administer the state for the high ends which it is its true function to
further.

Thus Aristotle’s political ideal is that of a small but leisured and
highly cultivated aristocracy, without large fortunes or any remarkable
differences in material wealth, free from the spirit of adventure and
enterprise, pursuing the arts and sciences quietly while its material
needs are supplied by the labour of a class excluded from citizenship,
kindly treated but without prospects.  Weimar, in the days when
Thackeray knew it as a lad, would apparently reproduce the ideal better
than any other modern state one can think of.

The object of the _Politics_ is, however, not merely to discuss the
ideal state but to give practical advice to men who might be looking
forward to actual political life, and would therefore largely have to be
content with making the best of existing institutions.  In the absence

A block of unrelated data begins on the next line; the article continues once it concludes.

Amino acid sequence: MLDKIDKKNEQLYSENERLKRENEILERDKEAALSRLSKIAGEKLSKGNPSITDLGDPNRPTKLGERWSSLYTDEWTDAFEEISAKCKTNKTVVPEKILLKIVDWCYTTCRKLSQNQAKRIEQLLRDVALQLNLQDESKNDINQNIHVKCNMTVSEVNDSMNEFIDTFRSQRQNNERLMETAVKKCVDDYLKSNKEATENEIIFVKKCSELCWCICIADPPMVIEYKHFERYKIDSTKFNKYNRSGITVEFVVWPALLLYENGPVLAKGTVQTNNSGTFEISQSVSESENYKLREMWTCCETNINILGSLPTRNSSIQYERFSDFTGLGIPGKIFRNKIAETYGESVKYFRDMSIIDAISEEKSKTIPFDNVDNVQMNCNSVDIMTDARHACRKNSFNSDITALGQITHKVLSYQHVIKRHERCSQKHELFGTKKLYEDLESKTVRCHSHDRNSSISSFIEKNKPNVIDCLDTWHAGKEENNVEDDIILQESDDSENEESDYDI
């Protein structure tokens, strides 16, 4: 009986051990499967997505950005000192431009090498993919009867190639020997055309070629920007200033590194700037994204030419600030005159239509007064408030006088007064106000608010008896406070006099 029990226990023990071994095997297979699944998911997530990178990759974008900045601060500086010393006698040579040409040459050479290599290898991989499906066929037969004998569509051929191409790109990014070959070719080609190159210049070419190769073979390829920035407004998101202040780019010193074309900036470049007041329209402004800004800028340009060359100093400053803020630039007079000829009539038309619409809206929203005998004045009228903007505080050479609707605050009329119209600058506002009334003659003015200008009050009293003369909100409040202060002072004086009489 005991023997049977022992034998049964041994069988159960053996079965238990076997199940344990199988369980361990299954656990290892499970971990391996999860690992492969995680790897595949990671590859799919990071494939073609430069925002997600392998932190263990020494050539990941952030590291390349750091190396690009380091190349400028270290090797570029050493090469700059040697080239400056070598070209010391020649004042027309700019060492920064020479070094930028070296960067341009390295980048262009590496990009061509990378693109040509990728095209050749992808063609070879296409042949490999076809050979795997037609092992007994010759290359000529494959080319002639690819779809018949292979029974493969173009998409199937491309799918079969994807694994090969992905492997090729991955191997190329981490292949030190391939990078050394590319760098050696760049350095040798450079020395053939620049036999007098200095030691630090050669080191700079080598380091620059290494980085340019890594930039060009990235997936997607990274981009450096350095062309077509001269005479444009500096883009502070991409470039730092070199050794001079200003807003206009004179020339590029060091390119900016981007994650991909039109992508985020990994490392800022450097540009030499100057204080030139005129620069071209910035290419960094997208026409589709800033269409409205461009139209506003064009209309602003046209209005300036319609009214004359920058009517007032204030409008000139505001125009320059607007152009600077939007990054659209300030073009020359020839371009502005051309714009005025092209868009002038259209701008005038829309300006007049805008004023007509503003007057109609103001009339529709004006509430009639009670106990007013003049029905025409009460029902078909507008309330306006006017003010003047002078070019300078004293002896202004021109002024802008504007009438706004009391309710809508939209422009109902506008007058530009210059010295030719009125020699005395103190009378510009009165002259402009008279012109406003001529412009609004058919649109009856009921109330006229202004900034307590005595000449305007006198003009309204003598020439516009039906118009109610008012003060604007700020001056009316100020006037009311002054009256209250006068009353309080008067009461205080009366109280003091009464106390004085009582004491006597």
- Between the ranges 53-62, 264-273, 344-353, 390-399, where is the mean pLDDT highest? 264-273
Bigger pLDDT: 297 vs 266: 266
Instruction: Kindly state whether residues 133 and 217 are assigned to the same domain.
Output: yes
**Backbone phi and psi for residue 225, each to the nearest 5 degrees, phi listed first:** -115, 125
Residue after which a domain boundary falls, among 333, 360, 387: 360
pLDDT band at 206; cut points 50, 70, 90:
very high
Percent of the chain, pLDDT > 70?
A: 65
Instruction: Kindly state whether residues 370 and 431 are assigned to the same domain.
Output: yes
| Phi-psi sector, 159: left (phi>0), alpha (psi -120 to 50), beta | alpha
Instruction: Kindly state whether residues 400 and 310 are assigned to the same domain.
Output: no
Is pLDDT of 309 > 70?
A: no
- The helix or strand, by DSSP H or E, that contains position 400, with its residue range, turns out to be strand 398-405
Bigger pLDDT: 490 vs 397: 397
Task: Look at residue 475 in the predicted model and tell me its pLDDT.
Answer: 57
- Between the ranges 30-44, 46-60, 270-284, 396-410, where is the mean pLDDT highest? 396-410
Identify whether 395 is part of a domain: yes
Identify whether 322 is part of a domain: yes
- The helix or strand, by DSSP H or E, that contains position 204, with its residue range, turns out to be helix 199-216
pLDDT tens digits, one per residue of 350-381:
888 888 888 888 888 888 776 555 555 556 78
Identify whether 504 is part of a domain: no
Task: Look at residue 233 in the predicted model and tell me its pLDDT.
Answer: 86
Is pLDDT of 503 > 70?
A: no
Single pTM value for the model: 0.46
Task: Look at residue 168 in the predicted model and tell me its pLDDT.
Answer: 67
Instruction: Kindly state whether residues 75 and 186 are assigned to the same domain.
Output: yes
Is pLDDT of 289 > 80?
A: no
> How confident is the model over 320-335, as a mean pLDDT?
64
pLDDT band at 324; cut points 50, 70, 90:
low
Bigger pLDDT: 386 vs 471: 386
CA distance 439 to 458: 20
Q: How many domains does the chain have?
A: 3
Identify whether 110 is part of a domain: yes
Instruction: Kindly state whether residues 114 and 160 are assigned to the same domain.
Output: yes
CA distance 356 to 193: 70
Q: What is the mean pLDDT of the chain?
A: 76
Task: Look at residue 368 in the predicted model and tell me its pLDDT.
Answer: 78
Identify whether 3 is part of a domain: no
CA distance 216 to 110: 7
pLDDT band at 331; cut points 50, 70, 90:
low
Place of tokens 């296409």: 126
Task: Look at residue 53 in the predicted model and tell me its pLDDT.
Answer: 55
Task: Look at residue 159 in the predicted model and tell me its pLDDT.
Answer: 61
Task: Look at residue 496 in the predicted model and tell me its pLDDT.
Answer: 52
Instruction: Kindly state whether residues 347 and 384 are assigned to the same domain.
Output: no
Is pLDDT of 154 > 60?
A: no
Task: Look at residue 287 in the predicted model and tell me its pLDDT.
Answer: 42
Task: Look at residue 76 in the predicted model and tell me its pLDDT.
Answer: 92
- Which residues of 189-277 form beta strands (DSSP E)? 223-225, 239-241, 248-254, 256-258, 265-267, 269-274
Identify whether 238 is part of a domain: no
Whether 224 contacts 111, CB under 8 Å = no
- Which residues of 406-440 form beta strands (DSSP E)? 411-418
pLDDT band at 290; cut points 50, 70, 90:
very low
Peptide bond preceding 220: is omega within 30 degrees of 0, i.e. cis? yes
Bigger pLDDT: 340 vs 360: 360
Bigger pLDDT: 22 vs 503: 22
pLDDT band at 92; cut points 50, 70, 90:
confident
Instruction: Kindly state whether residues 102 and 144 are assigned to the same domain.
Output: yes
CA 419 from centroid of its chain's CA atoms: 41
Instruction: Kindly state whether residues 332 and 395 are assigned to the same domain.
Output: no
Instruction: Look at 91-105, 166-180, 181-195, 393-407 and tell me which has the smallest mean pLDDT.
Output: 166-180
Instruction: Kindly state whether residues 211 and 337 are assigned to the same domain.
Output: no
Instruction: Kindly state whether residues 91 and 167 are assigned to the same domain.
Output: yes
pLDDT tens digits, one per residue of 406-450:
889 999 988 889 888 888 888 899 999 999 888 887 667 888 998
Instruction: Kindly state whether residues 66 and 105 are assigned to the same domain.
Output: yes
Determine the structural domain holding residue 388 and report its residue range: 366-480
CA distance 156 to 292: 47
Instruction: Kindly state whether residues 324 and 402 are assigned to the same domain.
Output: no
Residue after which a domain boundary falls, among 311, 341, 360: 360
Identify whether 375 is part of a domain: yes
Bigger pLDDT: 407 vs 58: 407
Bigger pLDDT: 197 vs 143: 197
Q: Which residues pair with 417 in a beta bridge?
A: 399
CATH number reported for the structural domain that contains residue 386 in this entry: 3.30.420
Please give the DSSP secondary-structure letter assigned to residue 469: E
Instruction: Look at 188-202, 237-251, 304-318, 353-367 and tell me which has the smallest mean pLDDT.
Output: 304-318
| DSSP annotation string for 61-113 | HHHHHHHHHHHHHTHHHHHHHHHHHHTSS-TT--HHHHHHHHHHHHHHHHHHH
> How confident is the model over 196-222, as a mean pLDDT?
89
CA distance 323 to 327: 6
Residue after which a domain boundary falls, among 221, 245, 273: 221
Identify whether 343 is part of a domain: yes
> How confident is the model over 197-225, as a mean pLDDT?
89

of the ideal aristocracy, Aristotle’s preference is for what he calls
Polity or constitutional government, a sort of compromise between
oligarchy and democracy. Of course a practical statesman may have to
work with a theoretically undesirable constitution, such as an oligarchy
or an unqualified democracy.  But it is only in an ideal constitution
that the education which makes its subject a good man, in the
philosopher’s sense of the word, will also make him a good citizen.  If
the constitution is bad, then the education best fitted to make a man
loyal to it may have to be very different from that which you would
choose to make him a good man. The discussion of the kind of education
desirable for the best kind of state, in which to be a loyal citizen and
to be a good man are the same thing, is perhaps the most permanently
valuable part of the _Politics_.  Though Aristotle’s writings on
"practical" philosophy have been more read in modern times than any
other part of his works, they are far from being his best and most